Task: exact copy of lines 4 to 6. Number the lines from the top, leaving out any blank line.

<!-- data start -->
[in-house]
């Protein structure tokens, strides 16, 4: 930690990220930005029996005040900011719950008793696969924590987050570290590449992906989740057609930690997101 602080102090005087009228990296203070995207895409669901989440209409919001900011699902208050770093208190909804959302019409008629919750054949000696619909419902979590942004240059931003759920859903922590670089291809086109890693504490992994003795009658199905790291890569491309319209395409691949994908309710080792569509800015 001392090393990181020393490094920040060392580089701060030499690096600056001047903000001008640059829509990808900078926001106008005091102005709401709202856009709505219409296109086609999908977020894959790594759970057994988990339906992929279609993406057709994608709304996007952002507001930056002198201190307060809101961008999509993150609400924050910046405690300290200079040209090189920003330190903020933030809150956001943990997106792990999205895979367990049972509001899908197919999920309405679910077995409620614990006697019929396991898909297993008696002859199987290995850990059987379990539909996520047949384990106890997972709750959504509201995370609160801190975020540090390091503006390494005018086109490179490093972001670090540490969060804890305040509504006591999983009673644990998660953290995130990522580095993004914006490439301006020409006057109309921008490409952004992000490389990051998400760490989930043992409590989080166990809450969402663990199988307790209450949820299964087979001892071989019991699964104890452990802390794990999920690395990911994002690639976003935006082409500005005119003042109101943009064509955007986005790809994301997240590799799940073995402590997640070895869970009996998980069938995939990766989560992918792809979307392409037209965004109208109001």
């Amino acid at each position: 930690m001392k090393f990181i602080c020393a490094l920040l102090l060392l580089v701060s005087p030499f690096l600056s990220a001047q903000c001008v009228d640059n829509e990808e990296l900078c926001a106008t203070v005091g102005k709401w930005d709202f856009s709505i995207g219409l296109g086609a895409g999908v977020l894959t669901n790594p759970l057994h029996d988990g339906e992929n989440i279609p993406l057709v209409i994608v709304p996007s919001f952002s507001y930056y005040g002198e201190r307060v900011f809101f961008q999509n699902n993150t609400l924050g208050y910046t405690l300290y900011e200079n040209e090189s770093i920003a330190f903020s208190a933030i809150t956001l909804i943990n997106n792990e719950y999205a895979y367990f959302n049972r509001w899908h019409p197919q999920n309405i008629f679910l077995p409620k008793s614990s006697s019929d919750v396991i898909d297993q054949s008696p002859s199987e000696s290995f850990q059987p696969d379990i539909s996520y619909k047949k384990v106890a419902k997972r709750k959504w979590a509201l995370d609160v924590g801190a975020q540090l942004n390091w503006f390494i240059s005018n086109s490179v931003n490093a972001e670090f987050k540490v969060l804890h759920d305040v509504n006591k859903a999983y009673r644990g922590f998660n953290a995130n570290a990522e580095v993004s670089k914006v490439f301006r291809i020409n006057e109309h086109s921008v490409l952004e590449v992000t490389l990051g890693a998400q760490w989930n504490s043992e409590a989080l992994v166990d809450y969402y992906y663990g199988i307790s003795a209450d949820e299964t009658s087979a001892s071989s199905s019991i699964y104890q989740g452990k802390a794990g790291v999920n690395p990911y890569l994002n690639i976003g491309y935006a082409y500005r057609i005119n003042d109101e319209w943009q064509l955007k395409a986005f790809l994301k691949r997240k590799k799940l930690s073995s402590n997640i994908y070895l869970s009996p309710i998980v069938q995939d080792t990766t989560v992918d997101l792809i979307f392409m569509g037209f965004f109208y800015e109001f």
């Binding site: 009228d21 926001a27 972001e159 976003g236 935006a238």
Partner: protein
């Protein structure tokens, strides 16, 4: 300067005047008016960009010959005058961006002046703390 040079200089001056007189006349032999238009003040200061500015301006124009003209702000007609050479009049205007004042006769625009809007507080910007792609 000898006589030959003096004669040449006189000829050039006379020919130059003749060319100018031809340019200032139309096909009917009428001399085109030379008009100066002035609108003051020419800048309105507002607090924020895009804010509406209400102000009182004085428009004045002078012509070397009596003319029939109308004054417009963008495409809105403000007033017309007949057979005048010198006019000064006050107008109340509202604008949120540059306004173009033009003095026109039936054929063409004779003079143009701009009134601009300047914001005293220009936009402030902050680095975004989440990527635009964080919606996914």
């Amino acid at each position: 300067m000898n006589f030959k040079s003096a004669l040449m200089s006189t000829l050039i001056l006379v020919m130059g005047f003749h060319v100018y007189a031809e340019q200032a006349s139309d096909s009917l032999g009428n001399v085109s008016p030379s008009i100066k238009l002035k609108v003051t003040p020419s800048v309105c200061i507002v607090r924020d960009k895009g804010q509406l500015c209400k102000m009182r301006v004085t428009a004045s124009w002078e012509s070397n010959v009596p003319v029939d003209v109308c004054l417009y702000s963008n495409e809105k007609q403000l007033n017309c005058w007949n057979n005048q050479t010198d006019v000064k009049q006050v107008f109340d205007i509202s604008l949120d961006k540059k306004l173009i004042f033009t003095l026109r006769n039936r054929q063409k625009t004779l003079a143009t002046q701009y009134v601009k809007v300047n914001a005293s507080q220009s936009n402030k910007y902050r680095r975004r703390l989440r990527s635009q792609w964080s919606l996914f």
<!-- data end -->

């Binding site: 009228d21 926001a27 972001e159 976003g236 935006a238």
Partner: protein
């Protein structure tokens, strides 16, 4: 300067005047008016960009010959005058961006002046703390 040079200089001056007189006349032999238009003040200061500015301006124009003209702000007609050479009049205007004042006769625009809007507080910007792609 000898006589030959003096004669040449006189000829050039006379020919130059003749060319100018031809340019200032139309096909009917009428001399085109030379008009100066002035609108003051020419800048309105507002607090924020895009804010509406209400102000009182004085428009004045002078012509070397009596003319029939109308004054417009963008495409809105403000007033017309007949057979005048010198006019000064006050107008109340509202604008949120540059306004173009033009003095026109039936054929063409004779003079143009701009009134601009300047914001005293220009936009402030902050680095975004989440990527635009964080919606996914």